It is the attitude of us, as stewards, that matters. Please note that the one with the five talents is the person who goes off immediately to start using the talents. He has wasted no time in making good use of those talents entrusted to him. However, the one with one talent is the one who has hesitated and then dug a hole and hid his master’s money. When the time comes to settle the accounts, the one with the five talents is the first to come forward, while the one with one talent is the one who again hesitates and has no sense of accountability. He utters all sorts of bitter comments and makes excuses for his laziness. That bitterness may be rooted in his belief that he is not being fairly treated and his failure to look beyond and see his master’s heart.

But how should we use those talents. What is a fair evaluation of our “performance”? For what should those talents be traded? Indeed, it will not be the same talents that we will reap as harvest. If properly utilized, those talents should yield plentiful fruits in the sanctification of oneself and others, bringing more souls to Jesus and thus the salvation of many.

The reward of being a trustworthy servant abundantly outweighs the effort we put in. The master measures not the returns we bring back but on how seriously we take our role as stewards of the talents entrusted to us. The exact same response the master gives to the two faithful servants: “Well done, good and trustworthy slave; you have been trustworthy in a few things, I will put you in charge of many things; enter into the joy of your master.” (Matthew 25:21) God loves the one with one talent no less than the one with five. The key is to recognize our gifts and to use them according to our best ability and be the best we can be.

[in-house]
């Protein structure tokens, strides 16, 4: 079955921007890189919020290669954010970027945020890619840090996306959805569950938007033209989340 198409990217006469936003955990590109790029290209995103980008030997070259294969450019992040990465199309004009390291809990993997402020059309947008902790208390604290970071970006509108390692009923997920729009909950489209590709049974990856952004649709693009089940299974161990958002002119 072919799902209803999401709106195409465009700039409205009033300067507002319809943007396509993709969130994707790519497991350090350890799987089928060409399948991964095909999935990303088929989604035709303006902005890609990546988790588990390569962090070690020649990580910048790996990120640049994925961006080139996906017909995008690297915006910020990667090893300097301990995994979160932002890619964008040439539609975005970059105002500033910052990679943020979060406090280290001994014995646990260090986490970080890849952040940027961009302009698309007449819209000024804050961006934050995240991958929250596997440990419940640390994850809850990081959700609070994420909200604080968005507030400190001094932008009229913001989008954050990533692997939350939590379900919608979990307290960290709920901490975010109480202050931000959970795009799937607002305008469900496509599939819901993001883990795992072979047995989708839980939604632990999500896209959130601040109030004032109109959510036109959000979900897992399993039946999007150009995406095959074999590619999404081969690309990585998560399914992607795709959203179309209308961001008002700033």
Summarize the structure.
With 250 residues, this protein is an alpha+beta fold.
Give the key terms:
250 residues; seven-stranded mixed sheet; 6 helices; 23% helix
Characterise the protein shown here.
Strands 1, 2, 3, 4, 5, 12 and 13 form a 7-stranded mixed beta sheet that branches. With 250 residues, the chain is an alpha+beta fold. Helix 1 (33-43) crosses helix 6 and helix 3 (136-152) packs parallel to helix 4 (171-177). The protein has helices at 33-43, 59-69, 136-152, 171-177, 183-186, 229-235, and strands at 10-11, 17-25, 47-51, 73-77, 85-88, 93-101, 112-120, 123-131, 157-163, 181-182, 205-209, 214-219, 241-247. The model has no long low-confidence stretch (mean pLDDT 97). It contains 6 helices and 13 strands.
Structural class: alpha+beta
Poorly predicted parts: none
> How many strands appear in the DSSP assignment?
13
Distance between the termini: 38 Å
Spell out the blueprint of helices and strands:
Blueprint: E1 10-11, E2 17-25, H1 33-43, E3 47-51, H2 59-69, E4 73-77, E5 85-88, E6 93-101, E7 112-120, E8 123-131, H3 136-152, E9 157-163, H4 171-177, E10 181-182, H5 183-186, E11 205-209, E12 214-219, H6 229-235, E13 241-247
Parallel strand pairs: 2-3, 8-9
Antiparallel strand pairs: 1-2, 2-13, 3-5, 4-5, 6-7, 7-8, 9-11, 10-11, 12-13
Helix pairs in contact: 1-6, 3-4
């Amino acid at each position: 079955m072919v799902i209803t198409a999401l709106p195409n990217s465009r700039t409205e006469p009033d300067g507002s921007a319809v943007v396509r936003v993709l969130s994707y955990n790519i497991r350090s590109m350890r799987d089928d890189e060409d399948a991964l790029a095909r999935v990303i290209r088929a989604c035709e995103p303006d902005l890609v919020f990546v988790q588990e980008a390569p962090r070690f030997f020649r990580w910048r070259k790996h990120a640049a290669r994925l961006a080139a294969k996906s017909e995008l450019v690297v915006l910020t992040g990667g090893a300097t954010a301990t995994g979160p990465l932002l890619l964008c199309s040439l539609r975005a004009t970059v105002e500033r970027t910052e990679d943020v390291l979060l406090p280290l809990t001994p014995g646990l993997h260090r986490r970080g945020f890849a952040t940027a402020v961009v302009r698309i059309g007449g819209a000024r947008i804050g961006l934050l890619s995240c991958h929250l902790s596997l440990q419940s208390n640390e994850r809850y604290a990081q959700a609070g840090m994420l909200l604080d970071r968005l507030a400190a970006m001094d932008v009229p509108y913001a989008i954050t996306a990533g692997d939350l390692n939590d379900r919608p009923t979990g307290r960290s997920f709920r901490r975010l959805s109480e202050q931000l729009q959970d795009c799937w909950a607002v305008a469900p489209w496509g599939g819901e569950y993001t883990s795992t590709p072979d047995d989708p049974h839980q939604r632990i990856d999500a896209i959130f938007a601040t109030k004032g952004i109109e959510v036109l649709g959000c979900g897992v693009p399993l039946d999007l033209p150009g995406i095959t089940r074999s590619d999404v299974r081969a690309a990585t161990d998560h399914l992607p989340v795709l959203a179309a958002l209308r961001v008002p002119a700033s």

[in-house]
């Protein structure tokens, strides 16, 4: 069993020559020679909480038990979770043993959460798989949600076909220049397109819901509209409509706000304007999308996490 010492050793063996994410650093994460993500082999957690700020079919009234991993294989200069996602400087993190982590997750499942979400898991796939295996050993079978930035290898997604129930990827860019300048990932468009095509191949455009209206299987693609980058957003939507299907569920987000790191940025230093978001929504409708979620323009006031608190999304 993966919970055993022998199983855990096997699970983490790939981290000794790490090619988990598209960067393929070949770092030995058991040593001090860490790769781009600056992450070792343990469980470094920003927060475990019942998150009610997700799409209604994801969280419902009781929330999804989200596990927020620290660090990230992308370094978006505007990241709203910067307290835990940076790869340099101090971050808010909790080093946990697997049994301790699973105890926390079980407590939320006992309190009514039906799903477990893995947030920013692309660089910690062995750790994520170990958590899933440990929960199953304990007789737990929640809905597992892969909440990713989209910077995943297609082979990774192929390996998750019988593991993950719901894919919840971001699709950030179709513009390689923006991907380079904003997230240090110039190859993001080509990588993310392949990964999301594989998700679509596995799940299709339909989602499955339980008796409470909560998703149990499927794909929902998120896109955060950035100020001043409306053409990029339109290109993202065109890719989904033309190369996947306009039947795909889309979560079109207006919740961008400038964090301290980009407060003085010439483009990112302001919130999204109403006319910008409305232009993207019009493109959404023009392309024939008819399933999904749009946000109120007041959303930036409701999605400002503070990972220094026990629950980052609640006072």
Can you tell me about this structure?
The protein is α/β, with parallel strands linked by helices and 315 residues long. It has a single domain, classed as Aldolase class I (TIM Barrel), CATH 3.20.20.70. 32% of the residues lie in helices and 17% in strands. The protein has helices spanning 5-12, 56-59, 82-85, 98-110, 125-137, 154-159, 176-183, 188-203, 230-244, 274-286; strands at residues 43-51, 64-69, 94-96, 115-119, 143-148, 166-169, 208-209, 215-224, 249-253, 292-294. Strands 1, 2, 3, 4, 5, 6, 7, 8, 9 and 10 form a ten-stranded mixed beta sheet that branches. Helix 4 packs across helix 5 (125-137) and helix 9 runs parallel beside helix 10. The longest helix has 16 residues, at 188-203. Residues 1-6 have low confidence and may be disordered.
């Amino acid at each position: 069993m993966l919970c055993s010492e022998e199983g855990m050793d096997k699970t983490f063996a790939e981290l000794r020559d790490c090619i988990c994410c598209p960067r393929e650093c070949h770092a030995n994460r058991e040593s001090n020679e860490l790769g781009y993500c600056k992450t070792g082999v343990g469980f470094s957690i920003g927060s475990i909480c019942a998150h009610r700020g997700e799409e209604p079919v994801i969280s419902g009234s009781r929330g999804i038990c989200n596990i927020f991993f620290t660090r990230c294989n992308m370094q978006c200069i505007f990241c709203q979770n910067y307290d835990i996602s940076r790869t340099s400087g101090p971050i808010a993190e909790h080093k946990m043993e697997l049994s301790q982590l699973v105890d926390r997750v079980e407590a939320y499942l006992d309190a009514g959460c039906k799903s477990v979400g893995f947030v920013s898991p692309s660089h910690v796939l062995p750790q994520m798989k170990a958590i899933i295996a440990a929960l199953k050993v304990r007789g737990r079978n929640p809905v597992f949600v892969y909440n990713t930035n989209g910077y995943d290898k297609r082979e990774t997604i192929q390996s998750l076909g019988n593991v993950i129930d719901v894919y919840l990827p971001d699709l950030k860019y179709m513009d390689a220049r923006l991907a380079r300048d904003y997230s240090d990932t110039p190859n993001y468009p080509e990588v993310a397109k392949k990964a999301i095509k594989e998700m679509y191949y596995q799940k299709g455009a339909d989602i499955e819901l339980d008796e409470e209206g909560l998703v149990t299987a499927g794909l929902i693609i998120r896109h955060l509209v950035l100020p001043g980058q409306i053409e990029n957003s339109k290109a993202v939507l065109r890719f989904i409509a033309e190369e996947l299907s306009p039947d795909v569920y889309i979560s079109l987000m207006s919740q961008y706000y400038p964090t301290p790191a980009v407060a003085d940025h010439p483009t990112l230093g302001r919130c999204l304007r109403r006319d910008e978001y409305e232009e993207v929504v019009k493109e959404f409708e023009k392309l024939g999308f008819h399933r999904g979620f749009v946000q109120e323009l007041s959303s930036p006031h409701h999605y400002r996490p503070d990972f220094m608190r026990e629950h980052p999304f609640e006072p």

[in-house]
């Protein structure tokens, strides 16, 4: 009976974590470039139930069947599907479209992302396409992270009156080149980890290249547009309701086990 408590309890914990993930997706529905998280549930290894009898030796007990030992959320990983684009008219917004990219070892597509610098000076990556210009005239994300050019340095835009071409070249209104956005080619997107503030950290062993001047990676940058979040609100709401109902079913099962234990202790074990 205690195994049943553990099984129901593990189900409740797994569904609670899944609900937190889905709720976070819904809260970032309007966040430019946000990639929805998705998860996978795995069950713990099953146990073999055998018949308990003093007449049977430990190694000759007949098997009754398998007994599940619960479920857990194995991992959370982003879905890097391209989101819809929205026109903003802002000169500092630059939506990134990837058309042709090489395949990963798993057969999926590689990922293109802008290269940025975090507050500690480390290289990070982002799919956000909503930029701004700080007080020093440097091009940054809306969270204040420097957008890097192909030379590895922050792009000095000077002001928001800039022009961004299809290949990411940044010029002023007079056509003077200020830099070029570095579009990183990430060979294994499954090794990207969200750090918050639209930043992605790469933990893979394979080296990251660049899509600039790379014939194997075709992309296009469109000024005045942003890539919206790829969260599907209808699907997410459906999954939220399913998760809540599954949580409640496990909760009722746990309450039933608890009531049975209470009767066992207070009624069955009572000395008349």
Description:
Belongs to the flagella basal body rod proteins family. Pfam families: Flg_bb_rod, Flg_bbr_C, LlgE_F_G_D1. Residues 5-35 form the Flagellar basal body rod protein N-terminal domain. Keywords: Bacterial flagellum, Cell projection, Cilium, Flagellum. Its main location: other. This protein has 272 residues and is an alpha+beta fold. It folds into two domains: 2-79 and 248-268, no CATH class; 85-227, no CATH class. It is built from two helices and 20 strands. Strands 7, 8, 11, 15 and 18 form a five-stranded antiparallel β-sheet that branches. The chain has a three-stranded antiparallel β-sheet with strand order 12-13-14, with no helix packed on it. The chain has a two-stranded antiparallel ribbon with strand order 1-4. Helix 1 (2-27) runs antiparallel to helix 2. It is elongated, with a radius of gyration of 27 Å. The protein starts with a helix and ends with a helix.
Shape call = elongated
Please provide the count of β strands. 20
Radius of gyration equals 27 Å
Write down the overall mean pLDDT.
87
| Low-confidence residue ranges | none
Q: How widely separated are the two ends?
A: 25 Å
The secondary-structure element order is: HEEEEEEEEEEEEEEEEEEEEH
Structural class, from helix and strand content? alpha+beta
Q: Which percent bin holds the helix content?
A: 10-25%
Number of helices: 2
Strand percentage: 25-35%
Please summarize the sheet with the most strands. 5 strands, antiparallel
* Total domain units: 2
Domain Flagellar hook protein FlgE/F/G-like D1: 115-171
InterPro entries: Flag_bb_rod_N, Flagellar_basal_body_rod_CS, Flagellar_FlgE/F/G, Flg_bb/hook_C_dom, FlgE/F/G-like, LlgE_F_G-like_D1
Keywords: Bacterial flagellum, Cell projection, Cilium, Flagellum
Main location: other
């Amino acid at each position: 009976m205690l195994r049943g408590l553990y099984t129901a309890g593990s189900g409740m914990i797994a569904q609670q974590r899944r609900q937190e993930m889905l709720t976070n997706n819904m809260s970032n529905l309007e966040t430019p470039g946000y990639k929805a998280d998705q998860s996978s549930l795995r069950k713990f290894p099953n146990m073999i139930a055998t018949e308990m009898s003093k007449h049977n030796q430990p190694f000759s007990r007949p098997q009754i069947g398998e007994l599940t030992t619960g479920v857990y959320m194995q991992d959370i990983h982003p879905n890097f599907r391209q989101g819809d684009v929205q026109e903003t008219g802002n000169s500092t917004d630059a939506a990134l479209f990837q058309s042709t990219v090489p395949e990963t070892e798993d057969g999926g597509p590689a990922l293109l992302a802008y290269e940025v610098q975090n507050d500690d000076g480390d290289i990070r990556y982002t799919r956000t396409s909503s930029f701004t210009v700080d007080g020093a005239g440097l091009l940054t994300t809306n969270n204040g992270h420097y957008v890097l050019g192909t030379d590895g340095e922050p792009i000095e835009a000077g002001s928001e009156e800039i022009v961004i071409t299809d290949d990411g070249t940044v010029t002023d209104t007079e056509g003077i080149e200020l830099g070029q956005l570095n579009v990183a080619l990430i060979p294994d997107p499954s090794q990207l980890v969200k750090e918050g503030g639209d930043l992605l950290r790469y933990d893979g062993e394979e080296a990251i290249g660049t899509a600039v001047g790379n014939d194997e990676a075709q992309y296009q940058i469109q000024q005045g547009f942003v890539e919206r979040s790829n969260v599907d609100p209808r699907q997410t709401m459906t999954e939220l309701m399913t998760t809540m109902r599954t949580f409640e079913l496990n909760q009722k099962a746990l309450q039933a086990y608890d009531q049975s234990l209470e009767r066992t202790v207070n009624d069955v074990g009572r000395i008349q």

The worst scenario will be for those entrusted with more but they use them against God. Yet another unfortunate scenario is for those who have received many but they refuse to acknowledge their gifts from God. They would say, “I am no good and don’t give me that responsibility!” Believe it or not, there are many people like that out there!

God cannot be outdone in generosity and He knows no limits in granting us talents (resources) we need to do His will. So, let us not be fearful about our inadequacy when responding to His call. He will give us more than what we need to take on our missions and to overcome any challenges that may come our way.

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Paul Yeung

 
Executive Director of Fountain of Love and Life (FLL).